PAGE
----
Have one to sell? Sell yours here
Sorry, this item is not available in
Image not available for
Image not available

Tell the Publisher!
Id like to read this book on Kindle

Don't have a Kindle? Get your Kindle here, or download a FREE Kindle Reading App.

A Void [Paperback]

Georges Perec , Gilbert Adair
4.7 out of 5 stars  See all reviews (9 customer reviews)

Available from these sellers.


Amazon Price New from Used from
Hardcover --  
Paperback 7.19  
Paperback, 3 Oct 1994 --  

Book Description

3 Oct 1994
As much a masterpiece of translation as a novel, A Void contains not one single letter e anywhere in the main body of the text. This clever and unusual novel is full of plots and sub-plots, of trails in pursuit of trails and linguistic conjuring tricks

Product details

  • Paperback: 288 pages
  • Publisher: The Harvill Press; New edition edition (3 Oct 1994)
  • Language: English
  • ISBN-10: 1860460984
  • ISBN-13: 978-1860460982
  • Product Dimensions: 21.3 x 13.5 x 2 cm
  • Average Customer Review: 4.7 out of 5 stars  See all reviews (9 customer reviews)
  • Amazon Bestsellers Rank: 1,353,752 in Books (See Top 100 in Books)

More About the Author

Discover books, learn about writers, and more.

Product Description


"A true tour de force: a full-length novel containing not a single 'E'. An entertaining post-modern detective story...dazzling... the translator's dazzling recreation conveys the author's near magical cleverness while preserving an underlying seriousness that makes this book much more than a curiosity" (New Yorker)

"Adair's translation is an astounding Anglicisation of Francophonic mania, a daunting triumph of will pushing its way through imposing roadblocks to a magical country, an absurdist nirvana, of humour, pathos and loss" (Time) --This text refers to an alternate Paperback edition.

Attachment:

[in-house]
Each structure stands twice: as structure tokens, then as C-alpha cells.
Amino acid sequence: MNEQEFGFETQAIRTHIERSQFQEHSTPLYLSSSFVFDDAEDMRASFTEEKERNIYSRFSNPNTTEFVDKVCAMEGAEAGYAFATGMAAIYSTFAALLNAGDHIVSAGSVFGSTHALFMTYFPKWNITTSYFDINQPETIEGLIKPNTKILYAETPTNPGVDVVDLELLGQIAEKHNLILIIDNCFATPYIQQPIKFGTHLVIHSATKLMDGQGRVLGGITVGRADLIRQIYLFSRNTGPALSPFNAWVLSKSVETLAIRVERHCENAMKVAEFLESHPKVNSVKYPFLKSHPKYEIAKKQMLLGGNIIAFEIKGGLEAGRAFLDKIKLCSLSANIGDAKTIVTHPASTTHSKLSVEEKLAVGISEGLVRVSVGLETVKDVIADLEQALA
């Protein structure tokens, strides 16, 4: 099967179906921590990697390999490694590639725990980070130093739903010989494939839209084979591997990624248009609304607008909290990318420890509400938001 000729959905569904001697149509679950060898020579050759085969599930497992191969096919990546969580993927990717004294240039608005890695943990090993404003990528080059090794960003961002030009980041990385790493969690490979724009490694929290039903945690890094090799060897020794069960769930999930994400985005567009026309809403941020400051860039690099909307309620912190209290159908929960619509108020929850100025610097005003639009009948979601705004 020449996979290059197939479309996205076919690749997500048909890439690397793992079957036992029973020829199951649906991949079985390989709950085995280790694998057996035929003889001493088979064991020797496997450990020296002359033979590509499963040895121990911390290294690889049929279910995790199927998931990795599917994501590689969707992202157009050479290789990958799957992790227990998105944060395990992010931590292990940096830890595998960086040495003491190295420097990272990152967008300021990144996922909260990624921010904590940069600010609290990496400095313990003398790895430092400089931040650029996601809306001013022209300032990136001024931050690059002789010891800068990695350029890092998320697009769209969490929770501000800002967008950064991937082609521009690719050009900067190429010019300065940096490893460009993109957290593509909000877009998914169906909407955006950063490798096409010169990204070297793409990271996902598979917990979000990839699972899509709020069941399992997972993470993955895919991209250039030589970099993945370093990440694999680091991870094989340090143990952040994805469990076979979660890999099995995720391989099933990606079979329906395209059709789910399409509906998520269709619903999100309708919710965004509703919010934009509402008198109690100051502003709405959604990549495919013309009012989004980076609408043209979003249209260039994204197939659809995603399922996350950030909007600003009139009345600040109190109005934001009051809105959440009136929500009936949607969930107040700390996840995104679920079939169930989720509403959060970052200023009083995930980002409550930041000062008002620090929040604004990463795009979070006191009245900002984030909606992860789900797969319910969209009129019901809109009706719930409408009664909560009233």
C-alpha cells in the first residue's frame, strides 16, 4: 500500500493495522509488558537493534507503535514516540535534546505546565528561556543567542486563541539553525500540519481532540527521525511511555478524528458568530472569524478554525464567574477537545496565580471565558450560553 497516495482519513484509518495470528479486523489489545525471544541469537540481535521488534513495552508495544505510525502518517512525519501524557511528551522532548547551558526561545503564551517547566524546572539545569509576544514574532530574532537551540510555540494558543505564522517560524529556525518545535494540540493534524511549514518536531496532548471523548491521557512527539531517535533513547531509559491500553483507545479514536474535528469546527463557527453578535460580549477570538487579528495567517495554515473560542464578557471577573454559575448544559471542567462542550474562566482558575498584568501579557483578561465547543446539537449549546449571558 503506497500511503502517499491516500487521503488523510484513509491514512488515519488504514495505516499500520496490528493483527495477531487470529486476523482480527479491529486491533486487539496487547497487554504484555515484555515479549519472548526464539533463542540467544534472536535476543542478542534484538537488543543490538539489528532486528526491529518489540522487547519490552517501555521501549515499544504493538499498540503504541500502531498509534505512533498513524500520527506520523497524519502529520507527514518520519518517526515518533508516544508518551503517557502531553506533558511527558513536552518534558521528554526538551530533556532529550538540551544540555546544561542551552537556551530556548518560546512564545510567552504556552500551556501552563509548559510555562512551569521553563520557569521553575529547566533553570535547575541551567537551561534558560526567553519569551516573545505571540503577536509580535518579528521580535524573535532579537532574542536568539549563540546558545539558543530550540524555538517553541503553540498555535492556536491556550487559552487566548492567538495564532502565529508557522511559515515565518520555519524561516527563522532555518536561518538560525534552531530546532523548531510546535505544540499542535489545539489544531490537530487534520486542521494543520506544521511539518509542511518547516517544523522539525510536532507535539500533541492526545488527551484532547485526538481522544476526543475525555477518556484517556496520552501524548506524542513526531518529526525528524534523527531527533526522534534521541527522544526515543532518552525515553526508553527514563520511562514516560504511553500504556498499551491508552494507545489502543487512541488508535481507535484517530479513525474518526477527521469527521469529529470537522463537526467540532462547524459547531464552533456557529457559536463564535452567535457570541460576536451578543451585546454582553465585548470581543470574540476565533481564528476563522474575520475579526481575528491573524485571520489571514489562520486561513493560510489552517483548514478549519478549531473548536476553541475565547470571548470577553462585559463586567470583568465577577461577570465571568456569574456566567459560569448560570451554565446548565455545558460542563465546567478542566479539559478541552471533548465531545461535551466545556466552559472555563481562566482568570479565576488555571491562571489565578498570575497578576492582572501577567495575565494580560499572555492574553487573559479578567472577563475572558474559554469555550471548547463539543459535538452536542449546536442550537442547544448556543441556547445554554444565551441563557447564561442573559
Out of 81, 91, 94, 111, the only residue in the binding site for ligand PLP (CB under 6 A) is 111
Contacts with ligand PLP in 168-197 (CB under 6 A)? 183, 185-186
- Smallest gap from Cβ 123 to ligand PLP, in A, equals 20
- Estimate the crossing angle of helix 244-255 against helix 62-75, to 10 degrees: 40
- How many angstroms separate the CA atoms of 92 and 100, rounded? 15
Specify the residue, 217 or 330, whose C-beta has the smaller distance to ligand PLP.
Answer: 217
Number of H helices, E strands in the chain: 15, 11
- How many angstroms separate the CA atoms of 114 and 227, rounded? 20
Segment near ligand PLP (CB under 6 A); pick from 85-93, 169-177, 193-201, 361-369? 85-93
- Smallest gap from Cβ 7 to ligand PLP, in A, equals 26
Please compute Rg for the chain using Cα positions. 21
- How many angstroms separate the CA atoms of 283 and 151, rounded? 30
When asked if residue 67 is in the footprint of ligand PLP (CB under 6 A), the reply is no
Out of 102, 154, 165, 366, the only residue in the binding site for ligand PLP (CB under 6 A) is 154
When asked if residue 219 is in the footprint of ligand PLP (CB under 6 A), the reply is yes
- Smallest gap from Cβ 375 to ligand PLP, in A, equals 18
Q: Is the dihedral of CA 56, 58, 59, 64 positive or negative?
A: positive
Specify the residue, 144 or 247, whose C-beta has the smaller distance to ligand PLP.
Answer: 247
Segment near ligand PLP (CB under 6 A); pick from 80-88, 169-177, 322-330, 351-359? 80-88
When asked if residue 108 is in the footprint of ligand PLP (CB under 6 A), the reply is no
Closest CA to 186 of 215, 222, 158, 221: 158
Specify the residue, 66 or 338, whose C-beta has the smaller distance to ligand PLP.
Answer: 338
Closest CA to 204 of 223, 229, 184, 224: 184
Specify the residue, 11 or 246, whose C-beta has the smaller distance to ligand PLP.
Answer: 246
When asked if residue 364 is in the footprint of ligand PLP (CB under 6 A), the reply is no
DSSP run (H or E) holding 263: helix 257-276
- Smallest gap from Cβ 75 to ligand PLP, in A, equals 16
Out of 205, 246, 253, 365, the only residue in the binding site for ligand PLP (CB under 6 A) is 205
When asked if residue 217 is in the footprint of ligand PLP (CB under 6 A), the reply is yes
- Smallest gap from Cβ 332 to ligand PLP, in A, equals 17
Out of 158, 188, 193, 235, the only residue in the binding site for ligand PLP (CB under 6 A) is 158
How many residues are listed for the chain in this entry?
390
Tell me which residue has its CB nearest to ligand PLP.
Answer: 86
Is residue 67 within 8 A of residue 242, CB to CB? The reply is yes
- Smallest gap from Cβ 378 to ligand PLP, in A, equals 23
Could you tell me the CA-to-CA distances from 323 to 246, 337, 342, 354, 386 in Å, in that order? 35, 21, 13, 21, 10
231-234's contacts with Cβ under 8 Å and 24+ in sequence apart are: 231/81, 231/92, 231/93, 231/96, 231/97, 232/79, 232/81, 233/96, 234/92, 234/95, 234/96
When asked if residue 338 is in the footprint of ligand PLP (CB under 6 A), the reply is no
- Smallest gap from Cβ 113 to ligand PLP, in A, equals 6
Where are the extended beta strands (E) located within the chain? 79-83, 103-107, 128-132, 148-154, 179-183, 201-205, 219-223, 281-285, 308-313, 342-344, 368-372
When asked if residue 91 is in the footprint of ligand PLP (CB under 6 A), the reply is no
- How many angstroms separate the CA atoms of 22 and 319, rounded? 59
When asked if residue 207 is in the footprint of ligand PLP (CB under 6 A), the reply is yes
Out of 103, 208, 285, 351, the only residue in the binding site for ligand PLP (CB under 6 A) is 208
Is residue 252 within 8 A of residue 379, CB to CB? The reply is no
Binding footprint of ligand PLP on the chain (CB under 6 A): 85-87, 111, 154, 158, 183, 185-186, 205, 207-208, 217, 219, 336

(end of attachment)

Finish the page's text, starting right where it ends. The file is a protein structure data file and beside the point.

Book Description

'There is not a single E in this novel. That's right: no here, there, where, when; no yes, no love, no sex!' New York Times Book Review --This text refers to an alternate Paperback edition.

Inside This Book (Learn More)
Browse and search another edition of this book.
Browse Sample Pages
Front Cover | Copyright | Table of Contents | Excerpt | Back Cover
Search inside this book:

Sell a Digital Version of This Book in the Kindle Store

If you are a publisher or author and hold the digital rights to a book, you can sell a digital version of it in our Kindle Store. Learn more

What Other Items Do Customers Buy After Viewing This Item?

Customer Reviews

3 star
2 star
1 star
4.7 out of 5 stars
4.7 out of 5 stars
Most Helpful Customer Reviews
29 of 29 people found the following review helpful
5.0 out of 5 stars "E's are good" ...? 14 Nov 2008
Okay, the temptation here is to write a lipogrammatical review, but to be honest - much as I enjoyed the examples below - there is probably a need for a few "straight" reviews as well, to let everyone know what an extraordinary book this is.

A novel of more than 300 pages without the letter "E" is already impressive just as an intellectual feat, in sheer Guinness-book-of-records, well-fancy-that terms. It's hard enough in French, but arguably even harder in English, so full marks to Gilbert Adair for his black-belt skills in translation. (Think about it a moment: no "the"; no "he", "she", "we" or "they".)

However, while this is always a witty book and occasionally an overtly funny one (Perec's E-free translations of Hamlet's soliloquy and Edgar Allan Poe's "The Raven" are hilarious), this is a serious book, full of Perec's usual combination of gentle melancholy with serious philosophical questions.

Anton Vowl and his chums, representing the six vowels (with "Y" included) and disappearing one by one in bizarre and mysterious circumstances, know something is missing from their lives but can't figure what; indeed generally fail to make sense of their world. What does the missing "e" represent? What is our own missing "e"?